Alex glared at him and spat at the ground at his feet.
“This meeting is adjourned,” Green announced.
Adam waited on the beach, rolling an empty bottle of rum between his hands. While he understood why he wasn’t privy to the meetings, he couldn’t help but feel like he belonged there. He wanted to see the way this Pirate Republic functioned. What were the debates like? How did they cast their votes? Privately or publicly?
He knew that the captains themselves were selected by the crews, voted in by popular majority. But did the crews get a say in the debates themselves? Did the captain serve as a representative, taking the crew’s opinions into account before casting a vote? Or was the captain trusted to make what they thought was the best decision for the crew, regardless of the opinions?
Caleb always tried to answer as many of Adam’s questions as he could, but it wasn’t the same as being there. Adam couldn’t help but feel he was missing out on history being made while he sat alone on a beach, tending to a fire.
He scooped up some sand and watched as it poured out, slowing at the bottleneck before spilling over his fingers and to the ground. He could hear pounding and stamping from the open tavern where they held their meetings, but couldn’t make out whether it was positive or negative.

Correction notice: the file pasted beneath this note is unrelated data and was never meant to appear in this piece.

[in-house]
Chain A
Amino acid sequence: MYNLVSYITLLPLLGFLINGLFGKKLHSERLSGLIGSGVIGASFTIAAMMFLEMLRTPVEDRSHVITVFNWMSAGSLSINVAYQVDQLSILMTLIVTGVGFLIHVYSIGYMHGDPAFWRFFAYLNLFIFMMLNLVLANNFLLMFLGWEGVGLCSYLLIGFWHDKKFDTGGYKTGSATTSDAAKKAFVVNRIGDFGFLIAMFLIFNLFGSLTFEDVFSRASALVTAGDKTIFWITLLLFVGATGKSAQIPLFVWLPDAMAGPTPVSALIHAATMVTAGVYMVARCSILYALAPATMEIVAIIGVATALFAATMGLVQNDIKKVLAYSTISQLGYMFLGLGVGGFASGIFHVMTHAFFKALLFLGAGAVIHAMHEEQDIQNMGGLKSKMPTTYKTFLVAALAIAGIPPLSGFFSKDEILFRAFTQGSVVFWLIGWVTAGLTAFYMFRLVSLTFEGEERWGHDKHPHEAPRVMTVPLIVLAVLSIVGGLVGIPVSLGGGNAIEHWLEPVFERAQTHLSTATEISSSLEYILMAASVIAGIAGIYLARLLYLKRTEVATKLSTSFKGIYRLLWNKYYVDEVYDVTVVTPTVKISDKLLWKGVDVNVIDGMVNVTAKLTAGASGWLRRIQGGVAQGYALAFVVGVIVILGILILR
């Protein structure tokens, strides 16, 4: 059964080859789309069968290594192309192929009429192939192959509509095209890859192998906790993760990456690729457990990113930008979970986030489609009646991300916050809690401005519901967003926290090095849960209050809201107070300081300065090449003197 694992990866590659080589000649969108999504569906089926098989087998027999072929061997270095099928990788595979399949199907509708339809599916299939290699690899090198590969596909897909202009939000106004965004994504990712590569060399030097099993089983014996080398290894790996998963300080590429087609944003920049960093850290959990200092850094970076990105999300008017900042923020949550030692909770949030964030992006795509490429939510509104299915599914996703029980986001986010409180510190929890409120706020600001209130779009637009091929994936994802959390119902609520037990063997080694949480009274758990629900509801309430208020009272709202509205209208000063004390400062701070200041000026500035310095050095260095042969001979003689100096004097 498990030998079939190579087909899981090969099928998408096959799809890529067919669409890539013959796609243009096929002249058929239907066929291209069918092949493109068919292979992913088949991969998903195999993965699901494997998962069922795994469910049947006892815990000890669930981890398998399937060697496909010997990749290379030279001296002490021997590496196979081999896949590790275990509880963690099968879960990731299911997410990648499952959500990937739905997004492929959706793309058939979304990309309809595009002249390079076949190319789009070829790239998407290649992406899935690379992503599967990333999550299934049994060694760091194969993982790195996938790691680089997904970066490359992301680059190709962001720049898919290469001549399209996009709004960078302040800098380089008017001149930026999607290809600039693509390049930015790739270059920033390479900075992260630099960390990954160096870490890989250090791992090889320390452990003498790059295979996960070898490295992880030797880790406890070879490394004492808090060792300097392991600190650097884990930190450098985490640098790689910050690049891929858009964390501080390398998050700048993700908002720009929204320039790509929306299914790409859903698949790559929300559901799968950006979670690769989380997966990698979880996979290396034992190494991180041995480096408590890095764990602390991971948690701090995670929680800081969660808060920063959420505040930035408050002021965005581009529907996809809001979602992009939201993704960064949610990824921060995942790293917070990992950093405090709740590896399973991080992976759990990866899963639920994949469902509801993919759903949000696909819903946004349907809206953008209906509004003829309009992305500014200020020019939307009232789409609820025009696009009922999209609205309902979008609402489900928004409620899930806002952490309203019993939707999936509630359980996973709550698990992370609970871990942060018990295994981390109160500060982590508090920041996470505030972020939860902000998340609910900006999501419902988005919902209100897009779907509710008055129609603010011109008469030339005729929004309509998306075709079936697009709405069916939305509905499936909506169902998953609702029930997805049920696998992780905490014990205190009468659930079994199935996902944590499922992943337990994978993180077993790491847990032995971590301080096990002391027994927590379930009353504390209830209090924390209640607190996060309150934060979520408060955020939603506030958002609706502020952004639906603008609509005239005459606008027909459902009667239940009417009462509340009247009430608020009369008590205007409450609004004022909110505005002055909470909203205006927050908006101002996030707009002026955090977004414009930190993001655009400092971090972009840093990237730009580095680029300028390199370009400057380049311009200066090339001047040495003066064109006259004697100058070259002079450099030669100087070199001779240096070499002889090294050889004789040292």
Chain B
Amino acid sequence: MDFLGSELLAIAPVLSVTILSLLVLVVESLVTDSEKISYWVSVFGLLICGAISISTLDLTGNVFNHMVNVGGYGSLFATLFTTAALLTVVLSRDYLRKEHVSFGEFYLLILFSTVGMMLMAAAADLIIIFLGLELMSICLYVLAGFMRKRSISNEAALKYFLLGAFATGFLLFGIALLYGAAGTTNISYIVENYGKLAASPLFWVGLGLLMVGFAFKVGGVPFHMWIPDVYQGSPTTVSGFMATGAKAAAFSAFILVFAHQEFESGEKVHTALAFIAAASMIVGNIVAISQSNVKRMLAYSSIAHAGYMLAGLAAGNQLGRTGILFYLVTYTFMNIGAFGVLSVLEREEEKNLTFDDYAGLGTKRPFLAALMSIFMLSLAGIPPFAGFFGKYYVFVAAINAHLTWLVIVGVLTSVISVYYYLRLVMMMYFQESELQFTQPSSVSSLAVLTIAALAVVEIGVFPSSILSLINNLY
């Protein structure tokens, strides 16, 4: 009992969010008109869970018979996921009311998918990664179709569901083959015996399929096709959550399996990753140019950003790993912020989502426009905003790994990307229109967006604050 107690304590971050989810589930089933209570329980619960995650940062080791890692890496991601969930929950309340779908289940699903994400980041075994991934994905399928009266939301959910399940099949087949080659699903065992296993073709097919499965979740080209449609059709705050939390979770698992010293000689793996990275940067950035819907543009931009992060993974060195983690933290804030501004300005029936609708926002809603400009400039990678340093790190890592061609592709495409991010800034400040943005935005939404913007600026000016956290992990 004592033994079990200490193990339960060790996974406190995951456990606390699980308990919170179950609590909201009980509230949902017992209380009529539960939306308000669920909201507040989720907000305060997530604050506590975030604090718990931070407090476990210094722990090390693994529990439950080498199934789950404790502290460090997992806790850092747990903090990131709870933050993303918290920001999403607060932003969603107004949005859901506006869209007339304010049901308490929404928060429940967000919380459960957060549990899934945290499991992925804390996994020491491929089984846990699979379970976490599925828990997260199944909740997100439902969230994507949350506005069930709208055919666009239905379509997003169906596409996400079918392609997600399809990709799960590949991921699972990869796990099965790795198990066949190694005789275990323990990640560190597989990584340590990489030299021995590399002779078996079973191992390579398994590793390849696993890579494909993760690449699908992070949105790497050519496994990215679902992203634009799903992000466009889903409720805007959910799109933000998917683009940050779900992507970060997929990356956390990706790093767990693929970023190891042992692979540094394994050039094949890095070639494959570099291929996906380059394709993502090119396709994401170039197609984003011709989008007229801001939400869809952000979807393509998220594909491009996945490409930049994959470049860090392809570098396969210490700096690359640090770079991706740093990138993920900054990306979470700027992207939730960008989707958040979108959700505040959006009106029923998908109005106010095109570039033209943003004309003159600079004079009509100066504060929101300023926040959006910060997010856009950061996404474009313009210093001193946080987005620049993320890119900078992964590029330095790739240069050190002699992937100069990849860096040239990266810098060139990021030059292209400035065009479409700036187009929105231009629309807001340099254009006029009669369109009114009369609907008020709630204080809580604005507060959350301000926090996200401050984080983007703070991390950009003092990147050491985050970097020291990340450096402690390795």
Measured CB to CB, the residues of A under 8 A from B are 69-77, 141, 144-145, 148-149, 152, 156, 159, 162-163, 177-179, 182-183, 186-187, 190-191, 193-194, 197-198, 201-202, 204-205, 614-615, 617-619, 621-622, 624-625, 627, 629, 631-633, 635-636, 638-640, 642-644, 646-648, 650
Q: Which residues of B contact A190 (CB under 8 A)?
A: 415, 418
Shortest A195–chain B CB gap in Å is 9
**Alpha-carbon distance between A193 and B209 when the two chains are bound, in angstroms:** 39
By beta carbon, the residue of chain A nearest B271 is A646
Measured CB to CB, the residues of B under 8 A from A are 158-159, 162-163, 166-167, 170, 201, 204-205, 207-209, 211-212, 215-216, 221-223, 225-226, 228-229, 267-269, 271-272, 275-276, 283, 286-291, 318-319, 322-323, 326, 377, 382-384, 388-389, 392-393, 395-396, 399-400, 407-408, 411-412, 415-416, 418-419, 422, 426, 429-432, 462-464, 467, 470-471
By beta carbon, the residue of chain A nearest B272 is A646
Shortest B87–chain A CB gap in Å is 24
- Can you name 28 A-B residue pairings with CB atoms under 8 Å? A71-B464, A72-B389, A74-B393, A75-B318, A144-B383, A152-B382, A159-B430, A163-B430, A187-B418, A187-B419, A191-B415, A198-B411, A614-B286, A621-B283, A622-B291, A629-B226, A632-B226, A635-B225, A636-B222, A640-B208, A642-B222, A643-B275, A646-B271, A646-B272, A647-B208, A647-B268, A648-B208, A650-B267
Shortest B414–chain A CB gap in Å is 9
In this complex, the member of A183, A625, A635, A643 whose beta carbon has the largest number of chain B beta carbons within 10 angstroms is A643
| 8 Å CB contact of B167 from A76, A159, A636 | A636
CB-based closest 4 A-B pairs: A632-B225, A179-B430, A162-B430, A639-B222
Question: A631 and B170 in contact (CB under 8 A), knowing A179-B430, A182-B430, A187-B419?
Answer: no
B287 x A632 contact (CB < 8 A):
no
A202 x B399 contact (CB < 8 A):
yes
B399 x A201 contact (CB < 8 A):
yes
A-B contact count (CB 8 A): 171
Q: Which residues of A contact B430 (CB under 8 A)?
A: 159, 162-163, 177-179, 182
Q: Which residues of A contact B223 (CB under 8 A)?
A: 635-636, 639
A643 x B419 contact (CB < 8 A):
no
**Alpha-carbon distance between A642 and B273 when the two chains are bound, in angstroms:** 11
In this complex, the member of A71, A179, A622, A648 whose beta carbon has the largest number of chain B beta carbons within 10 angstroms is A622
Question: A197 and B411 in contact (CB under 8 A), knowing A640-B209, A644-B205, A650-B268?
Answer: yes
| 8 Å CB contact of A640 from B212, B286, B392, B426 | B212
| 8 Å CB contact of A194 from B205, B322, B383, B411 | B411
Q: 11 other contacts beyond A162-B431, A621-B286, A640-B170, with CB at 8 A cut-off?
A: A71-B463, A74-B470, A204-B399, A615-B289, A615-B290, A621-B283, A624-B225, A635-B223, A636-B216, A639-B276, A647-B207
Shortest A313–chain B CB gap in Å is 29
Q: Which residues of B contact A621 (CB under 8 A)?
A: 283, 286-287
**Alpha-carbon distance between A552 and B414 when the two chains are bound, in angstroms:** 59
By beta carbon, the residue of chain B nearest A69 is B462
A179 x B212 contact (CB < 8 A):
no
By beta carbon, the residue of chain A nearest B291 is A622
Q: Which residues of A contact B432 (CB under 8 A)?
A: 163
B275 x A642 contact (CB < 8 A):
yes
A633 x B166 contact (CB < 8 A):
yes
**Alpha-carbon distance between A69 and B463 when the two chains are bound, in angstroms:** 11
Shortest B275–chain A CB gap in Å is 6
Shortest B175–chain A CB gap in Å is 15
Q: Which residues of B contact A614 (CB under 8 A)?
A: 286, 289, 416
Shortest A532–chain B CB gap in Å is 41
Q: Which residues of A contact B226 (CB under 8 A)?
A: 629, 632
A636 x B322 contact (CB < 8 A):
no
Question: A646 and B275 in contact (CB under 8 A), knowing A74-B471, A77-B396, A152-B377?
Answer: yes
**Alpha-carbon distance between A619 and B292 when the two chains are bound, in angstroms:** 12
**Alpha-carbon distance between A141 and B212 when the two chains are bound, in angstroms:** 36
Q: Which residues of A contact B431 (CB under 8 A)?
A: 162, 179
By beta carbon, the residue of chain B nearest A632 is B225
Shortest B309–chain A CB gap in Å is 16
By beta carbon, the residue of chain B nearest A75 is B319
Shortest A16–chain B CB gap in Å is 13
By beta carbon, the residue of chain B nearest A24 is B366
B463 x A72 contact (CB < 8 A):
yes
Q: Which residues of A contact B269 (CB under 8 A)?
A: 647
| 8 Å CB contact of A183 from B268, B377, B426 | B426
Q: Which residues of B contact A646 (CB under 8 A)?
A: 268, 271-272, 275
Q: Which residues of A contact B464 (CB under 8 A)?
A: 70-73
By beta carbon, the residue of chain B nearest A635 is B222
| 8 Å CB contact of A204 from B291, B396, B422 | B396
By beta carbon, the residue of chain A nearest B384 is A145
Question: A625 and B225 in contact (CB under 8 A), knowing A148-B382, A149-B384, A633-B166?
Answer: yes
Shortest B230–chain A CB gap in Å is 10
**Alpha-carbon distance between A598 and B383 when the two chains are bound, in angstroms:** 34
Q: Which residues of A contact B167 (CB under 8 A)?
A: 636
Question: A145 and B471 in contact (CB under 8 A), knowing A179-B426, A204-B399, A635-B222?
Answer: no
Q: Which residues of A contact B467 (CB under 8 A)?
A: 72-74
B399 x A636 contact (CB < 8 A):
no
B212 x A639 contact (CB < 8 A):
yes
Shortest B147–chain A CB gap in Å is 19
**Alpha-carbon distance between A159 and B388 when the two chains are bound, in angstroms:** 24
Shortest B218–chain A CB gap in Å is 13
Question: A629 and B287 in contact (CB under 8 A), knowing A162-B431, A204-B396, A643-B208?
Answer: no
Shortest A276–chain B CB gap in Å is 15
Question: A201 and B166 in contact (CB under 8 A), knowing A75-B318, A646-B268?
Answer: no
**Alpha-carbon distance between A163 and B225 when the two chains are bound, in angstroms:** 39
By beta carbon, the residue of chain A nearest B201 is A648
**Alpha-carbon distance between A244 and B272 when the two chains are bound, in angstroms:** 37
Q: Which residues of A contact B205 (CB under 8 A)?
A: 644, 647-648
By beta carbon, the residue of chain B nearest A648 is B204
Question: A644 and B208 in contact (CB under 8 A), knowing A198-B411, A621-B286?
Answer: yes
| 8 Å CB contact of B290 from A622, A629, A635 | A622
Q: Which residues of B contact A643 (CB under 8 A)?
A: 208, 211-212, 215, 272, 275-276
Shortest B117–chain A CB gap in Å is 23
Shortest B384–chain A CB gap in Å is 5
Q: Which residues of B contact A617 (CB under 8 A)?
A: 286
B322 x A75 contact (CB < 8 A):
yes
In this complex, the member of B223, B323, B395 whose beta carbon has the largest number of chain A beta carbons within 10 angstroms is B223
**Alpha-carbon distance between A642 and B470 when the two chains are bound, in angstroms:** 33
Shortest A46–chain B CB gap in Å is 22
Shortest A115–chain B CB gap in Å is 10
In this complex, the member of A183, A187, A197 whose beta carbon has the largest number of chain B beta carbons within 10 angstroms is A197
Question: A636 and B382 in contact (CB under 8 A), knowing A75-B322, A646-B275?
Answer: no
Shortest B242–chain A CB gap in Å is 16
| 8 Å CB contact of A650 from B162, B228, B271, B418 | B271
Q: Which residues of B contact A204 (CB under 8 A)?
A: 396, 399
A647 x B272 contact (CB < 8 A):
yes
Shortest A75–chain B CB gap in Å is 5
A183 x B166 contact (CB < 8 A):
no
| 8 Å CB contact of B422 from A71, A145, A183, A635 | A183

He hated this, all of this. His parents and aunt thought him too rebellious, and this band of criminals thought him too obedient to the whims of the Imperial state. Adam couldn’t care less about King Philip or his bloated empire.
Adam was drawn from his thoughts when he heard the sounds of the tavern emptying out. He stood, brushed off his trousers and tried to look like he hadn’t been twiddling his thumbs for the better part of an hour. The crews filed down to the beach in droves, which Adam took as his opportunity to make his way up to the tavern where the captains and mates generally stayed after.
He had to climb up the side, clambering up the rickety wooden frame and swinging his leg over the rail, prepared to hop onto the wooden deck of the wooden porch that wrapped around the tavern proper when he stopped in his tracks, straddling the rail. Normally this way was empty, but two figures stood there, close in conversation. One was Alex Chen. Alex was one of the youngest captains currently sailing the seas and had made a name for himself as the Fiery Demon with his ship, the Flaming Tannin. Adam hadn’t seen his crew in action, but they were supposed to be a fearsome lot. Chen’s temper supposedly matched his sobriquet. He was certainly angry now.